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Bob D’Angelo

Bob is a longtime member of the Florida sports media, having served as a reporter and copy editor for more than 30 years. His true sports passion, however, is the history of the various games, exhibited by his in-depth book reviews and hobby of collecting cards and other sports memorabilia. He blogs for TBO.com on both subjects, transferring his work for the Tampa Tribune to the realm of cyberspace.


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Topps unveils VIP cards for National

Posted Jun 22, 2012 by Bob D'Angelo

Updated Jun 22, 2012 at 05:56 PM

With this year’s National Sports Collectors Convention set for Aug. 1-5 in Baltimore, it’s certainly appropriate — and a nice marketing touch — for Topps to offer collectors a card of that city’s most famous baseball player: Babe Ruth.




Ruth, Mickey Mantle, Jackie Robinson and Willie Mays will be part of Topps’ VIP set that can only be found at the National. Collectors who buy the $129 VIP admission package in advance ($139 at the door) will receive a four-card pack of cards modeled in Topps’ 1952 design.

Here’s a different wrinkle, though: each of the players will be shown wearing the minor-league uniform they wore before breaking into the majors.

Ruth is shown in the uniform of the Baltimore Orioles, which was a team in the International League in 1914. Mantle is wearing the uniform of the Class C Joplin Miners, while Robinson is wearing the colors of the Montreal Royals. Mays is depicted in his Minneapolis Millers outfit.

There will be at least two versions of the Mantle card, as a variation shows him wearing a New York Yankees uniform.

That’s a handsome set of cards. I think they look rather sharp, and if you happen to be a VIP in Baltimore, it might be the closest you get to owning a 1952 Mantle card.

The price for a VIP pass may seem costly, but honestly, a collector gets some good stuff.

In addition to the Topps promotional cards, collectors will get a five-card promotional package from Leaf that includes Heisman Trophy Winner Robert Griffin III, heavyweight boxing champion Muhammad Ali, Seattle Mariners star Ichiro Suzuki, Baltimore Orioles top pitching prospect Dylan Bundy and MMA star Rory MacDonald.

In The Game and Panini America are also scheduled to have VIP card packs.

Also, as a VIP a collector gets early entry into the convention center on all five days. On Aug, 1, collectors can attend a reception and get free refreshments, plus free autographs from former Orioles/Angels star Bobby Grich and former pitching star Jack Morris.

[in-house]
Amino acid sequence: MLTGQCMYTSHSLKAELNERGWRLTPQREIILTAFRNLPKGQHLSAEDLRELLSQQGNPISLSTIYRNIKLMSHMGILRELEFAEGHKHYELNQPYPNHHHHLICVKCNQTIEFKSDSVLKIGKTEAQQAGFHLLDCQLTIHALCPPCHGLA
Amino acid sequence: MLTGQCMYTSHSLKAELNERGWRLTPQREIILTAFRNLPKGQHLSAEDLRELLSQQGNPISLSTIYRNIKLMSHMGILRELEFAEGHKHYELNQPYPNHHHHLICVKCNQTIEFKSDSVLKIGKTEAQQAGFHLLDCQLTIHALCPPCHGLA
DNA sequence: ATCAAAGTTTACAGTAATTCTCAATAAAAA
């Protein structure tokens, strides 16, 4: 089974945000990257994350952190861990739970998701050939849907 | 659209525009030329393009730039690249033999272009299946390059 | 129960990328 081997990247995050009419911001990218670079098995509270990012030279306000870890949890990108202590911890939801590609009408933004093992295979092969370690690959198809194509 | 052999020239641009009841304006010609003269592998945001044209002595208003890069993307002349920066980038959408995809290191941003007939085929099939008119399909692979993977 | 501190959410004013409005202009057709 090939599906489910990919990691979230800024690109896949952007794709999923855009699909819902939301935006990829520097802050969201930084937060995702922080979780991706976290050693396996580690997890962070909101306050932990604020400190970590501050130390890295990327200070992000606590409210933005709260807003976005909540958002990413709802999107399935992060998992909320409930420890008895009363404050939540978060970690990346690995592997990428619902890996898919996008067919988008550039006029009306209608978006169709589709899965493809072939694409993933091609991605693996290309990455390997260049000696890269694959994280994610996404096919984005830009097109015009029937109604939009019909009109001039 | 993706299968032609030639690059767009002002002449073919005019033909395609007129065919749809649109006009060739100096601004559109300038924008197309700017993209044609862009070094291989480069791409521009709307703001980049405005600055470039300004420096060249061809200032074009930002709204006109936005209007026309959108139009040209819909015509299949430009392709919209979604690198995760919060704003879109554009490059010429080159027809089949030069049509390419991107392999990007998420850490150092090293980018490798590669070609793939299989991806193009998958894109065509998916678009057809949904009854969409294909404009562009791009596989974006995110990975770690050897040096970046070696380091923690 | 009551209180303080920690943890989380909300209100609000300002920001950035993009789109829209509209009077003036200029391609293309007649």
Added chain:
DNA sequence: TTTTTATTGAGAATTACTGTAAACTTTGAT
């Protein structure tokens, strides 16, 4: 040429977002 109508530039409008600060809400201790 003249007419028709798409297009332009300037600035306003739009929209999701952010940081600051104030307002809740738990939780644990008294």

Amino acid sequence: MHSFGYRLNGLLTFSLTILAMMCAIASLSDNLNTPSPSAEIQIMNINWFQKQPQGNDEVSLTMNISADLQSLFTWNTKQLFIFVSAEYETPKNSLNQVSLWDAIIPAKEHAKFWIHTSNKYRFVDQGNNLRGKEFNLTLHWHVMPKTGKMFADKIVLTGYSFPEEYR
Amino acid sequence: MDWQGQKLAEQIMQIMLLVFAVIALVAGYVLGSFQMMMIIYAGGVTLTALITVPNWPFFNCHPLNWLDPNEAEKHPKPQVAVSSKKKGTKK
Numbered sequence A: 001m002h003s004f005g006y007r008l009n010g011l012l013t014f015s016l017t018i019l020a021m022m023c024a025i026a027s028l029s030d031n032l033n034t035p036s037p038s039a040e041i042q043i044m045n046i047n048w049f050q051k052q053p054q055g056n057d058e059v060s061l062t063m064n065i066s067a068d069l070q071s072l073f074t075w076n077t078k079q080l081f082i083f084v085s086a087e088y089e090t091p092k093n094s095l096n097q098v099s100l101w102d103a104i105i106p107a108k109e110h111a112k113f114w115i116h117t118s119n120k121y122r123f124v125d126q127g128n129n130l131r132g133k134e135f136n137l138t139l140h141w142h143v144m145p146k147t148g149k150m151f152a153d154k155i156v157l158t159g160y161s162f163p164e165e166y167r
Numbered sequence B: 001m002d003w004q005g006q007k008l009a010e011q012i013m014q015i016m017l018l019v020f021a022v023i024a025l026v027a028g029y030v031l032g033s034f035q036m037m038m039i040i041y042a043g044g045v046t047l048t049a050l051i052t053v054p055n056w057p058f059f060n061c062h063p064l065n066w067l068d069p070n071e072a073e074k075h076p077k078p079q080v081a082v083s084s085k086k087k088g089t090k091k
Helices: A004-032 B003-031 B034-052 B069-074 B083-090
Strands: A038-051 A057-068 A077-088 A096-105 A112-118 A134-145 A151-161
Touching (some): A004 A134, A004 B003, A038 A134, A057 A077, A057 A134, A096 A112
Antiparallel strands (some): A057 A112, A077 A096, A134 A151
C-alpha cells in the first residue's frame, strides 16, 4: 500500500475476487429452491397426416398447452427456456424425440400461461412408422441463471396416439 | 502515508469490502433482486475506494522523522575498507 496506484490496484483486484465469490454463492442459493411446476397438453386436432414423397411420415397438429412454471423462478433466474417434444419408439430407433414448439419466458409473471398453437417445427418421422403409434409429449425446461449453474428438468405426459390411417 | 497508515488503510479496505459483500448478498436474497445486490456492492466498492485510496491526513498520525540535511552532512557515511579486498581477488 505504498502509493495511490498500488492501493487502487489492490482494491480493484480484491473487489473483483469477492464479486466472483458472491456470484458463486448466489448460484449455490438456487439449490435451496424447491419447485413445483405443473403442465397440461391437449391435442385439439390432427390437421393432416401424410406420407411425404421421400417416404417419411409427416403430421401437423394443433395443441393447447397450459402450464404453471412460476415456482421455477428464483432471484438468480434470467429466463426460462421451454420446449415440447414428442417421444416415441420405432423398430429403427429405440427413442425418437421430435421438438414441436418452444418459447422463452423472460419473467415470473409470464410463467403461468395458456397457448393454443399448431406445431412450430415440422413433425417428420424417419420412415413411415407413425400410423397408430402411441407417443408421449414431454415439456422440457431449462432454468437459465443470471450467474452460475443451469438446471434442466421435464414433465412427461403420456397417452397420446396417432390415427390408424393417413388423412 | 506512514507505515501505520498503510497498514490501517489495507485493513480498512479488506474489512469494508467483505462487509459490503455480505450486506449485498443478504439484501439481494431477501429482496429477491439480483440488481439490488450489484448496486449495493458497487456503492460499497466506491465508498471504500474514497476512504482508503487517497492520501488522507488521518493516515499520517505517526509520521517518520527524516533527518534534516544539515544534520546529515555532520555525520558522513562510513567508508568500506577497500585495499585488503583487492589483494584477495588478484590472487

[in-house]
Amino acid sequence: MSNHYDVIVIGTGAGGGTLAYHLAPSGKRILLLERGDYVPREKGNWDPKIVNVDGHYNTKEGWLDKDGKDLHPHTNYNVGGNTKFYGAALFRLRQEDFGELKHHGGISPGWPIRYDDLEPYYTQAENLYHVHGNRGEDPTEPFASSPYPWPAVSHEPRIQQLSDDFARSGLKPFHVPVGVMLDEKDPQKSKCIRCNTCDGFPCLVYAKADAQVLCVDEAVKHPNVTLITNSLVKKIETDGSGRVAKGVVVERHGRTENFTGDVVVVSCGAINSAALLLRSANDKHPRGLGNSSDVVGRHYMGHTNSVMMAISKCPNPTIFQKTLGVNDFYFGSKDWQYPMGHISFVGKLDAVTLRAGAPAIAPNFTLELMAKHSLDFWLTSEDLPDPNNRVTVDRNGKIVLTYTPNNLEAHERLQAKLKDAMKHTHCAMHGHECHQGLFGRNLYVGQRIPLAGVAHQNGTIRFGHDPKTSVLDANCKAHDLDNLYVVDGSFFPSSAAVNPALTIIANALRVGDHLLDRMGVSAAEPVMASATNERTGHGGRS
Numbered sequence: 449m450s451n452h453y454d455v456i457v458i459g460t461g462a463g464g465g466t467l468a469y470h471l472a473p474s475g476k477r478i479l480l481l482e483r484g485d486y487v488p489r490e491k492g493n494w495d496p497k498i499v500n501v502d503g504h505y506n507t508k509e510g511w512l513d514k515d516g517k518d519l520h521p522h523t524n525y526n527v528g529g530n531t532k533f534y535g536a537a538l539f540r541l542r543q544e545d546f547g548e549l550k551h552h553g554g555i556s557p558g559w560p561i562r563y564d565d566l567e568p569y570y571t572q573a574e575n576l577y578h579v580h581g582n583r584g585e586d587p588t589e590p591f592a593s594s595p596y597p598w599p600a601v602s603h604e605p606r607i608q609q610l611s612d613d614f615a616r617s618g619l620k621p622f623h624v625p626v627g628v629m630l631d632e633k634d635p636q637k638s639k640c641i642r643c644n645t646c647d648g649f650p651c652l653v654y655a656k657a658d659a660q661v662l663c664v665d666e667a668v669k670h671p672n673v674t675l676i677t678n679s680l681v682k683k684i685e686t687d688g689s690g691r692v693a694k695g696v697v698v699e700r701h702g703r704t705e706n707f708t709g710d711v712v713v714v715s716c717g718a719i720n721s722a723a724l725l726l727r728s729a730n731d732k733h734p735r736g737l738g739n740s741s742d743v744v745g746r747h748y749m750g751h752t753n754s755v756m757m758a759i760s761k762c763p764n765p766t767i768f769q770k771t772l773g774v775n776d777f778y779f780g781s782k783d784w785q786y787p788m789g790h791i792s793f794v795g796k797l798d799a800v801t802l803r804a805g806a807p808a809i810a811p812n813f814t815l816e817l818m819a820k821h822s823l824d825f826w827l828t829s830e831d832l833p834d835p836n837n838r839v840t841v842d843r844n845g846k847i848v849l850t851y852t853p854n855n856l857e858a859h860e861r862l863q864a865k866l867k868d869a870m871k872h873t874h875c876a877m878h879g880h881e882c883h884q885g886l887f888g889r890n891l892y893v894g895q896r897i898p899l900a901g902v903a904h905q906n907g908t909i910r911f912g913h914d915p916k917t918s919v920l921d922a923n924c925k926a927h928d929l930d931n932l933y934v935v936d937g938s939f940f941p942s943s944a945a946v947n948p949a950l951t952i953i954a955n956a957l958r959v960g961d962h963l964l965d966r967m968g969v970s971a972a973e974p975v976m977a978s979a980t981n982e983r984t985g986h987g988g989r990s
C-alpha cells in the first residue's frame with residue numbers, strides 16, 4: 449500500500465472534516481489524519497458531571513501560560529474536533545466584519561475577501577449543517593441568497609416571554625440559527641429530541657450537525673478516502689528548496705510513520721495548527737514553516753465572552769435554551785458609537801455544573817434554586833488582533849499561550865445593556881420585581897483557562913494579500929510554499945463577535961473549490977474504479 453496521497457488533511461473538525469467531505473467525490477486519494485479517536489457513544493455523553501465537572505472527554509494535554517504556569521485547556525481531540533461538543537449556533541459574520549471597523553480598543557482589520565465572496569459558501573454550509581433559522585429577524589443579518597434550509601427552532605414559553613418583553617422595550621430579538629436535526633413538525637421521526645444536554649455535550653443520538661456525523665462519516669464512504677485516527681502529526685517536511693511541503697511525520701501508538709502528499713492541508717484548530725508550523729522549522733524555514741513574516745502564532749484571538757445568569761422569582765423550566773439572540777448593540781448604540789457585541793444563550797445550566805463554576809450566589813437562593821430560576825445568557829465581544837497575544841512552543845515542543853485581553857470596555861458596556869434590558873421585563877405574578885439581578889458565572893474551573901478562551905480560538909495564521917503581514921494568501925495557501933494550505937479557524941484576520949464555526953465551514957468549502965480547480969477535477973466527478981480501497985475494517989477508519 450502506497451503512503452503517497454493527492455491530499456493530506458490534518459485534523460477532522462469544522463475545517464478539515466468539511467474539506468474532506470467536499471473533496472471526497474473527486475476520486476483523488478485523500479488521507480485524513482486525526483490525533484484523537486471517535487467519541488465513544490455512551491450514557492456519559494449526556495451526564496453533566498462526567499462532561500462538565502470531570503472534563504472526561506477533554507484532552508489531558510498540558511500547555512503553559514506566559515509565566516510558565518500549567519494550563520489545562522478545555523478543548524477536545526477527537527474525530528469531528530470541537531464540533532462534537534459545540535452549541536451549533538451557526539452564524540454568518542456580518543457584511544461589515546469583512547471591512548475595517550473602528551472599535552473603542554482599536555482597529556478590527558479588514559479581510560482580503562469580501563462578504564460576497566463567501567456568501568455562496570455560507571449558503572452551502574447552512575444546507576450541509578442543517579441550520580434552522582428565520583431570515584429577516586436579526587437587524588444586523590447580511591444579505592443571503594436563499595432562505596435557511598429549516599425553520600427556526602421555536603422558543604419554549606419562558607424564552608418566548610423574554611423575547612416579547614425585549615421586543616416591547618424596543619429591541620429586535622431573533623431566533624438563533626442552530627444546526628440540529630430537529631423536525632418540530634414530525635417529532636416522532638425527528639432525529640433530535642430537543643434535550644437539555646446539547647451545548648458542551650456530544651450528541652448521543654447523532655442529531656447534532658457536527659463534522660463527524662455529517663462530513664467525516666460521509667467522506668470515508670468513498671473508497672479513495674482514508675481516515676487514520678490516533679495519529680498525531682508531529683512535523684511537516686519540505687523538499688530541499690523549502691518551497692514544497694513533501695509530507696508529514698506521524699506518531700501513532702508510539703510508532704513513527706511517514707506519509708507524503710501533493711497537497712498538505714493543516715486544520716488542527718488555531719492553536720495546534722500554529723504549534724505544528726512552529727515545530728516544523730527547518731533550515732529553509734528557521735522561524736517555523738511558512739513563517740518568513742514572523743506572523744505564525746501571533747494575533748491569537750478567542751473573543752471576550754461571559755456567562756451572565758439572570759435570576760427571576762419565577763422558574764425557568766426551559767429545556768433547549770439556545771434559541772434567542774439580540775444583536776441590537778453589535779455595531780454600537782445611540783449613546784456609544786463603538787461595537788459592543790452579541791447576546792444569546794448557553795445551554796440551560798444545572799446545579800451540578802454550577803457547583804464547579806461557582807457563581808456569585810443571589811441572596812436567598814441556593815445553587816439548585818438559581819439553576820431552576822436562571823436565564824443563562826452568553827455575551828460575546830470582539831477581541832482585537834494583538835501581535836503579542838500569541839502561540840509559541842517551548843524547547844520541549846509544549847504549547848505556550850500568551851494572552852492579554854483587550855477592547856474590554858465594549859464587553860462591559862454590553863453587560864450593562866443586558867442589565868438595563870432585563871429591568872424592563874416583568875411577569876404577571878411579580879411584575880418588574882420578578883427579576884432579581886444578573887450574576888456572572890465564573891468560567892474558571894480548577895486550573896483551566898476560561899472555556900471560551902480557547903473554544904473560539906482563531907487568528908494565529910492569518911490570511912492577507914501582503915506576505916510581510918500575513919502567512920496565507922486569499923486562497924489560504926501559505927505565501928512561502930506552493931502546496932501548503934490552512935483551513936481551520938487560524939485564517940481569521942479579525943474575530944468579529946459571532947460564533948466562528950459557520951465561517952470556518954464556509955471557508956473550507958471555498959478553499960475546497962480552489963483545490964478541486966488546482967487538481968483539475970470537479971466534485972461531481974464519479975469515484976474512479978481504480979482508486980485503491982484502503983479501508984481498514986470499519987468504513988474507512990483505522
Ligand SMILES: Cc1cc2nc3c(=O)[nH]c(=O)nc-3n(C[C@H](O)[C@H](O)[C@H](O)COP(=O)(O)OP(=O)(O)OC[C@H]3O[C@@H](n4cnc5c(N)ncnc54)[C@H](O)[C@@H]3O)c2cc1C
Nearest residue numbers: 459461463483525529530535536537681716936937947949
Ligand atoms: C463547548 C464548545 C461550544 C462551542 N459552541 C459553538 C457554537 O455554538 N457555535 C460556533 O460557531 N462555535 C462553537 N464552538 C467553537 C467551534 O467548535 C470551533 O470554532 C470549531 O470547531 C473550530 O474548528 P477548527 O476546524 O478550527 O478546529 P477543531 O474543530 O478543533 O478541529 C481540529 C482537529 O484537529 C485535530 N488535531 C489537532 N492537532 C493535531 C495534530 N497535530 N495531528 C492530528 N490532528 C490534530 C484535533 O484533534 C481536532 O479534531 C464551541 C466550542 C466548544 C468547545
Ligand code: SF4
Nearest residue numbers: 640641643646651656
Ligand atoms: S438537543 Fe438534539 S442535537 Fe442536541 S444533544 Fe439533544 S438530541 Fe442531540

Plus, collectors will receive 12 free autograph tickets from a selected list of signers that will include Mike Hargrove, Dexter Manley, George Starke, Qadry Ismail, Joe Washington, Chris Hoiles, Milt Pappas, Tom Matte, Roger Wehrli, Don Stanhouse, John Montefusco, Larry Sheets, Brian Mitchell, Ron Hansen, Tippy Martinez, Paul Blair, Ricky Sanders and Al Bumbry.

As you can tell, there is a big emphasis on athletes who made an impact in the Baltimore and Washington, D.C., area. Personally, I’d like to chat with and get an autograph from Hansen. On July 30, 1968, playing shortstop for the Washington Senators, he became the eighth player in major-league history to pull off an unassisted triple play — the seventh during the regular season and the first to do it since 1927 — catching a first-inning liner off the bat of Cleveland’s Joe Azcue with runners on first and second.

Interestingly enough, after achieving the triple play, Hansen struck out in his next six at-bats — four times on July 30 in Cleveland and two more times on July 31 against Denny McLain in Detroit.  He was lifted for a pinch hitter in the eighth inning and finally broke the streak on Aug. 1 by drawing a second-inning walk off Pat Dobson. Two innings later, he hit a grand slam off Dobson.

On Aug. 2, Hansen was traded to the Chicago White Sox (the team he played for in 1967) for Tim Cullen (the player he was traded for). So, Hansen and Cullen were traded for one another twice in the same season. Can you name anyone else that has that distinction? Here’s a hint — you can’t.

Talk about a roller-coaster week. That’s why I’d want to get his autograph, and maybe hear him tell those stories again.

Wonder what Hansen would look like in a 1952 Topps card design? He’d be wearing a 1958 Knoxville Smokies uniform, the team he played for before being called up to the majors later that season by — the Baltimore Orioles.

So we’ve gone full circle, from Ruth to Hansen. Interesting.

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